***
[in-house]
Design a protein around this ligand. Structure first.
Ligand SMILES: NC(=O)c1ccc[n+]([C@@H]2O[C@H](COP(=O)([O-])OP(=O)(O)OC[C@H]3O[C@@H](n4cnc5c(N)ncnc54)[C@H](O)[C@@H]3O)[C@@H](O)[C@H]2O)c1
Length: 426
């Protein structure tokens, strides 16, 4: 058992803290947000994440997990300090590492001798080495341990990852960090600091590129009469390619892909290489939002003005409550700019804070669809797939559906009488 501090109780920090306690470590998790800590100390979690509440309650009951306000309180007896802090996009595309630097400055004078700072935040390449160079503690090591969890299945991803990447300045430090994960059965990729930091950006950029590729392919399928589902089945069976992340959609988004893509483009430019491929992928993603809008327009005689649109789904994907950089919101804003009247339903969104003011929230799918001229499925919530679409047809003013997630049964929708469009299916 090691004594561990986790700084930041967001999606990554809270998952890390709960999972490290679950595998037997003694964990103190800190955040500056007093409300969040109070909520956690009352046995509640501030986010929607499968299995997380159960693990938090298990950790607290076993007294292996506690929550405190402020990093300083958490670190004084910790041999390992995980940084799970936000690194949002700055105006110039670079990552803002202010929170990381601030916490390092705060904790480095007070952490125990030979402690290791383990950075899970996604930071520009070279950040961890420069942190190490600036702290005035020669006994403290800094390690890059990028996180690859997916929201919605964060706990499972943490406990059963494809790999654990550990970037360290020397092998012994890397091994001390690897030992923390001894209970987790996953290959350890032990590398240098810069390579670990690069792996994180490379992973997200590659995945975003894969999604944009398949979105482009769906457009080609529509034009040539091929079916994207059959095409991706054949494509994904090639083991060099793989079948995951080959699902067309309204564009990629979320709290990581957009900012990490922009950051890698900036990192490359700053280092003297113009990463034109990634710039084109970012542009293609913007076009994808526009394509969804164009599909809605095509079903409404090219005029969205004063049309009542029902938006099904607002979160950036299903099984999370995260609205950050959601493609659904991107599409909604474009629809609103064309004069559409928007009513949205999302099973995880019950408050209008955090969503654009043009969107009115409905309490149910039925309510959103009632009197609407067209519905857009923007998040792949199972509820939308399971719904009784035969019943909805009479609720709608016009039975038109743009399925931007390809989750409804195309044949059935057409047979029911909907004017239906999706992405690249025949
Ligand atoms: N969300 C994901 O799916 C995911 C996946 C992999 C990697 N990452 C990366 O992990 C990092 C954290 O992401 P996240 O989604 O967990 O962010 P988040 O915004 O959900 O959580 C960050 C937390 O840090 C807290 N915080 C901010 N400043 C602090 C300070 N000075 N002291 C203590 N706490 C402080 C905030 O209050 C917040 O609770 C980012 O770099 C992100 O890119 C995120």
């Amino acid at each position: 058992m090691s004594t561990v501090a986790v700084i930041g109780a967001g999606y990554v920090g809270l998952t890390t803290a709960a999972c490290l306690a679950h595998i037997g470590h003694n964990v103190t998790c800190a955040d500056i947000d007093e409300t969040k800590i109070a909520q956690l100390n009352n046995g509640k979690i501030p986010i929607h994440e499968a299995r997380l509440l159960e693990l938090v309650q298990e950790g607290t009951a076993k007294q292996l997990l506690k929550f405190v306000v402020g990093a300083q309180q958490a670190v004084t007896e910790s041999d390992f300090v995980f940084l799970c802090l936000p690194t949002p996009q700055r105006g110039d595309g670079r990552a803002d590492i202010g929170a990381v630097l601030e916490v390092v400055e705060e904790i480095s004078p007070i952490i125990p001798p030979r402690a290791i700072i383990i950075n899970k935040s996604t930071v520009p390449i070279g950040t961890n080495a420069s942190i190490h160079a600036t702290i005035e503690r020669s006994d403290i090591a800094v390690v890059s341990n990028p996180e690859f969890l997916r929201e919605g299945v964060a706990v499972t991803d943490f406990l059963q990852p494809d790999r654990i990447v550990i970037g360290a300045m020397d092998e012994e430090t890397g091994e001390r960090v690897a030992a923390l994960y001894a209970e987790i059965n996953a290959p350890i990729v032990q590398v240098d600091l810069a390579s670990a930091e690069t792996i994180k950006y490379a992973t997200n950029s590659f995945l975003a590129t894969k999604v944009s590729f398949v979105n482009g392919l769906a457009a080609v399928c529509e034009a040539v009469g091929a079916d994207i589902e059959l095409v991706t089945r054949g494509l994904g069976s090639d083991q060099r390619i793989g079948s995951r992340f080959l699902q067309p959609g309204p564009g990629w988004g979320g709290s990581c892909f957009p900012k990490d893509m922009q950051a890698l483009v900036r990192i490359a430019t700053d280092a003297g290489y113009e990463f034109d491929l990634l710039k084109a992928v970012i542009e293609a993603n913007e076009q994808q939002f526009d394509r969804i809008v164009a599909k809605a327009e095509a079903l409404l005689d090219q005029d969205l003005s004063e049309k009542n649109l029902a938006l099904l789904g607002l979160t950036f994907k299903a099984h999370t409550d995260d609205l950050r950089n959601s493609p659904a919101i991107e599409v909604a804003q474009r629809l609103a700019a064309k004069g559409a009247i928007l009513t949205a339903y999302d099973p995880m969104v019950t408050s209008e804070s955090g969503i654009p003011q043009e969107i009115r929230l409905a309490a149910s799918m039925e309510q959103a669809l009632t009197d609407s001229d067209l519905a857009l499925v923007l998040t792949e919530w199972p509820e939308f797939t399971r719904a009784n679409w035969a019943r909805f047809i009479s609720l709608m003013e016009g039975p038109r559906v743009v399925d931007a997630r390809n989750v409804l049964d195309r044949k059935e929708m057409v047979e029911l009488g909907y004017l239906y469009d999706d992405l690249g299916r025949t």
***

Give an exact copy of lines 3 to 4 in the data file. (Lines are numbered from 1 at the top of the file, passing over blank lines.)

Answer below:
Ligand SMILES: NC(=O)c1ccc[n+]([C@@H]2O[C@H](COP(=O)([O-])OP(=O)(O)OC[C@H]3O[C@@H](n4cnc5c(N)ncnc54)[C@H](O)[C@@H]3O)[C@@H](O)[C@H]2O)c1
Length: 426